organibees

chemical-free, non-toxic bee removal and rescue | native beehive set up and maintanance

Tag Archives: Honey bee

Bergamot Station bees

Organibees did a great bee rescue for a business at Bergamot Station in Santa Monica last week. Bees were living inside the wall, and the business owners had created a little viewing station by putting plexiglass over the hive entrance. This rescue involved quite a bit of demolition as we had to remove the entire wall up to the ceiling and take out some cabinetry as well. We carefully extracted the bees and relocated them to a box at a property up Latigo canyon. They are doing great!

bees in the wall at Bergamot Station, Santa Monica

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What You Can Do To Help Save The Bees

Bees are crucial for a healthy environment as well as maintaining our food supply. We have all heard that bee populations are dwindling and bees are dying. Here are a few easy things you can do to help the bees!

Lavender Landing Pad

bees love lavender
photo courtesy aussiegall on flickr

Create a bee-friendly habitat Do not use pesticides in your garden. The chemicals disrupt the sensitive systems of the bees and are said to be a major reason for colony collapse disorder. Plant bee-friendly flowers. Some great easily-found choices that do great in Southern California are lavender, rosemary, nasturtium, poppy, lupin, sunflowers and geranium. Here’s a more extensive list from buzzaboutbees.com. Also, make sure there’s a fresh water source in your garden for the bees to drink – a birdbath is perfect.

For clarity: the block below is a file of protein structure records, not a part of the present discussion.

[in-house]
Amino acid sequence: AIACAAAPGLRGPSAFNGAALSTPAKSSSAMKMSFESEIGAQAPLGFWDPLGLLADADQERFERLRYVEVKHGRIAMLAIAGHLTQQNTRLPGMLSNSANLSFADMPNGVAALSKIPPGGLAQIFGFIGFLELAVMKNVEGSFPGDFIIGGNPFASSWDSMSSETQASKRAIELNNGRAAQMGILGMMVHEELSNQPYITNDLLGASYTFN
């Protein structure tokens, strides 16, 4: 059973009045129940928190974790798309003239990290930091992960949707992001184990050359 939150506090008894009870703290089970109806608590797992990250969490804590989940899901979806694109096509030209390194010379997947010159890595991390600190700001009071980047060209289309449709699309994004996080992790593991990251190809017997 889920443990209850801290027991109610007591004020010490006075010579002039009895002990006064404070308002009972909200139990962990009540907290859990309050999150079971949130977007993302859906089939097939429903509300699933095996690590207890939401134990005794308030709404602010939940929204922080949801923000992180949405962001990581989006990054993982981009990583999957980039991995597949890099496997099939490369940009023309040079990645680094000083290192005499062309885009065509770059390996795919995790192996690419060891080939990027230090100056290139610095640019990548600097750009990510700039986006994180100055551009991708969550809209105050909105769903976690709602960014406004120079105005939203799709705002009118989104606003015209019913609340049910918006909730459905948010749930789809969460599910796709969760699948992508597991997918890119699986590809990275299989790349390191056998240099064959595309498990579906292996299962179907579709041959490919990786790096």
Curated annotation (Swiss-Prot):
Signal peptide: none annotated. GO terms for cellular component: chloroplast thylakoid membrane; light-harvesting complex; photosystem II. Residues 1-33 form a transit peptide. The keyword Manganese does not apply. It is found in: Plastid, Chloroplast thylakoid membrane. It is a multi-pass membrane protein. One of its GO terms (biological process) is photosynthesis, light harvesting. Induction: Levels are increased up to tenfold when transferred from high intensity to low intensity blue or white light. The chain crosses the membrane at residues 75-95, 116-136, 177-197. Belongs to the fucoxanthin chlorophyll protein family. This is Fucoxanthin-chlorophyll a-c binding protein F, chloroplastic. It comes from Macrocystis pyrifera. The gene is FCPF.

Buy Organic  By supporting organic farmers, you are helping promote and expand bee-friendly environments and decrease the use of harmful pesticides in our environment.

Get Involved  Ask your state and federal lawmakers to look into the epidemic of colony collapse so more attention and resources can be directed at the problem. Urge them to support legislation that demands the EPA to ban Neonicotinoid pesticides which are some of the most toxic pesticides out there – even more more toxic than DDT, which was banned in 1972.

small batch honey is the best

Avoid Mass Produced Honey  When buying honey, make sure to buy from a small operation or better yet, a beekeeper you know. This way, you know the bees health (and not mass profit) is the beekeepers main focus. Farmer’s markets are a great source to find this kind of sustainable honey.

Keep Your Own Bees  Get set up with a bee box filled with rescued feral bees and become a backyard beekeeper! It’s easy because the bees don’t need much help from us to thrive, and you will be helping to increase the honeybee population.

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